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Colorful promotional bird's-eye view of the Lake of the Ozarks, showing tourist points of interest, as well as the Bagnell Dam and its powerlines stretching out to St. Louis.

The view was issued by the Lake of the Ozarks Association to encourage tourism in the region. The verso features a plethora of advertisements for local businesses and interesting schematic strip map of lakeside resorts.

After its creation in 1931, the Lake of the Ozarks, as it was popularly called, became one of Missouri's most popular tourist destinations.

Wikipedia gives the following overview of the reservoir's history:

A hydro-electric power plant on the Osage River was first pursued by Kansas City developer Ralph Street in 1912. He put together the initial funding and began building roads, railroads, and infrastructure necessary to begin construction of the dam, with a plan to impound a much smaller lake. In the mid-1920s, Street’s funding dried up, and he abandoned the effort.

The lake was created by the construction of the 2,543-foot (775 m) long Bagnell Dam by the Union Electric Company of St. Louis, Missouri. The principal engineering firm was Stone and Webster. Construction began August 8, 1929, was completed in April 1931 and reached spillway elevation on May 20, 1931. During construction, the lake was referred to as Osage Reservoir or Lake Osage. The Missouri General Assembly officially named it Lake Benton after Senator Thomas Hart Benton. None of the names stuck, as it was popularly referred to by its location at the northern edge of the Ozarks. The electric generating station, however, is still referred to by the utility company as the "Osage Hydroelectric Plant." While some sources indicate that more than 20 towns, villages and settlements were permanently flooded to create the lake, subsequent research indicates that the actual number was closer to eight, while several other sites had been previously abandoned, were relocated to make way for the lake, or were on high enough ground that the creation of the lake didn't affect them.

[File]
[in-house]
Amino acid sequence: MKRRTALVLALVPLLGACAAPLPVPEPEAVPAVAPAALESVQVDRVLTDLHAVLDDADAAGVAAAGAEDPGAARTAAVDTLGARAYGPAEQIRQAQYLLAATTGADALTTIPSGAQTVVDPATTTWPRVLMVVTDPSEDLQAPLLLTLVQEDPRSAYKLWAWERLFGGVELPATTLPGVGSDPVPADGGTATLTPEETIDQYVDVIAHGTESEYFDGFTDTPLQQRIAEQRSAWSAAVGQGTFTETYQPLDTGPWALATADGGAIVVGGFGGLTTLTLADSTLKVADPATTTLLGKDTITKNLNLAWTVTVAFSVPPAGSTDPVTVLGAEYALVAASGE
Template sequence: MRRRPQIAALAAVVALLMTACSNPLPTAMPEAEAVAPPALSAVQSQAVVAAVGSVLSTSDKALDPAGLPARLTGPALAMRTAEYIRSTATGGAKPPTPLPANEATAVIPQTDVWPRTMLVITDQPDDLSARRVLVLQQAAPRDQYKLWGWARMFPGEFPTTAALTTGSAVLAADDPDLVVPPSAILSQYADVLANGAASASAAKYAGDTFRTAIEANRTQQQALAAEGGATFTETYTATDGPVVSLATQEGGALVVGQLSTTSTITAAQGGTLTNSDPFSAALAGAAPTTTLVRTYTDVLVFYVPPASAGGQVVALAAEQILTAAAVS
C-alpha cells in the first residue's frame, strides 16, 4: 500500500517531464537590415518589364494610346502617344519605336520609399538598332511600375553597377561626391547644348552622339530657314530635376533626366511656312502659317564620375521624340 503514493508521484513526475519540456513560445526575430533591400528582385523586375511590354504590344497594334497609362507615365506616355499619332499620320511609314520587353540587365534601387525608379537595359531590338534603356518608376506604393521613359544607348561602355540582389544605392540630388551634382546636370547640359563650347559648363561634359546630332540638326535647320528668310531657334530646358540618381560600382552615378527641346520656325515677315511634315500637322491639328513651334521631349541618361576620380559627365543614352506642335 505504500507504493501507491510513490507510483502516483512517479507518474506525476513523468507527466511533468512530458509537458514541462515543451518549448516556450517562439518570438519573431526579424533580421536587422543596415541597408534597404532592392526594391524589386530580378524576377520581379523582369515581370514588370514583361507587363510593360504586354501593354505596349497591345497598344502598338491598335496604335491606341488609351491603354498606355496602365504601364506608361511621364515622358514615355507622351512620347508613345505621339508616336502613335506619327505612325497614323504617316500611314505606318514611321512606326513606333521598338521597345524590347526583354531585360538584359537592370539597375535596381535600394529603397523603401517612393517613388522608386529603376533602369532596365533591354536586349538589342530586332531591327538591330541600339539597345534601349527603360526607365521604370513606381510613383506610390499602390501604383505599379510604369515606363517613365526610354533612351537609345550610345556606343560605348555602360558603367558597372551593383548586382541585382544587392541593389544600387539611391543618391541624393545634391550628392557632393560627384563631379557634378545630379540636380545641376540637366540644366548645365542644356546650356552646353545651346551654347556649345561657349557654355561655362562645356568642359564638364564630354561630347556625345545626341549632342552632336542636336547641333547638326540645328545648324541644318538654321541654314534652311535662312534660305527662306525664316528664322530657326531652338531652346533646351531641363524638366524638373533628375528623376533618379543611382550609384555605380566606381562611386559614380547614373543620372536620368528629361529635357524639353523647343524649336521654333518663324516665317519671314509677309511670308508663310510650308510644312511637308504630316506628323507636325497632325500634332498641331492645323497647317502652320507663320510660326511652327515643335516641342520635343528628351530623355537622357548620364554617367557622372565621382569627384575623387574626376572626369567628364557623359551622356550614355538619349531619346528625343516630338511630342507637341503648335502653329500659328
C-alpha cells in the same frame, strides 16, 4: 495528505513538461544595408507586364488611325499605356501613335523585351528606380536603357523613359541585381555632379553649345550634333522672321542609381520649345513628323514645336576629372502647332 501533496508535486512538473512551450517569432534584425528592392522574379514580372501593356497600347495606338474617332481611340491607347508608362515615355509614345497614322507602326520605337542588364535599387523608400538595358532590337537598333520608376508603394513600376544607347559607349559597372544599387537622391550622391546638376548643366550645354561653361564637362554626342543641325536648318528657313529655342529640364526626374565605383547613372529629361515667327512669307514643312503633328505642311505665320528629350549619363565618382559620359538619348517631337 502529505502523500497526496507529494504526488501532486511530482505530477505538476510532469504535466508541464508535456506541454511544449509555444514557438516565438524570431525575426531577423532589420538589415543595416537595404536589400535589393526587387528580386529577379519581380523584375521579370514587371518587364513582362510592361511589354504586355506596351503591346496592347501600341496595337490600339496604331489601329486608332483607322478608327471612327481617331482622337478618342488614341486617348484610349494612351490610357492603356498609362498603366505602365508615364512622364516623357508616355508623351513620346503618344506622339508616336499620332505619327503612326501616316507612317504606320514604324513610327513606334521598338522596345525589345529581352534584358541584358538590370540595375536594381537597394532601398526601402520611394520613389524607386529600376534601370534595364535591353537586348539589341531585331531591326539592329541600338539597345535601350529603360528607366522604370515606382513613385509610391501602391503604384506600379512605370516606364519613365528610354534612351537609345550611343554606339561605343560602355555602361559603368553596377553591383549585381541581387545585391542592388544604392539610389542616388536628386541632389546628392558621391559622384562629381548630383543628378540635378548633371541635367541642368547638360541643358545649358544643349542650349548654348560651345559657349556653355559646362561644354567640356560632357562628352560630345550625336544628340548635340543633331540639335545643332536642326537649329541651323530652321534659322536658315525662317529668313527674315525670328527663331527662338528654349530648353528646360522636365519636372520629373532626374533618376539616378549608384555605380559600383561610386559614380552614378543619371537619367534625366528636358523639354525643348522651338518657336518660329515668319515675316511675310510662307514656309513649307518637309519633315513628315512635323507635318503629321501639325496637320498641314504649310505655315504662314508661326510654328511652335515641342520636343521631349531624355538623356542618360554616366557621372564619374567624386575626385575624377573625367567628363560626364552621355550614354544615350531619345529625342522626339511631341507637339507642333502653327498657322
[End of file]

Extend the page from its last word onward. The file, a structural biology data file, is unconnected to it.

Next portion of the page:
At the time of construction, the Lake of the Ozarks was the largest man-made lake in the United States and one of the largest in the world. It was created to provide hydroelectric power for customers of Union Electric, but it quickly became a significant tourist destination for the Midwest. Most of its shoreline is privately owned, unlike many flood-control lakes in the region that were constructed by the U.S. Army Corps of Engineers. The relatively stable surface elevation has created ideal conditions for private development within a few feet of the shoreline. There are over 70,000 homes along the lake, many of which are vacation homes. Spectacular scenery characteristic of the Ozarks has also helped to transform the lake into a major resort area, and more than 5 million people visit annually.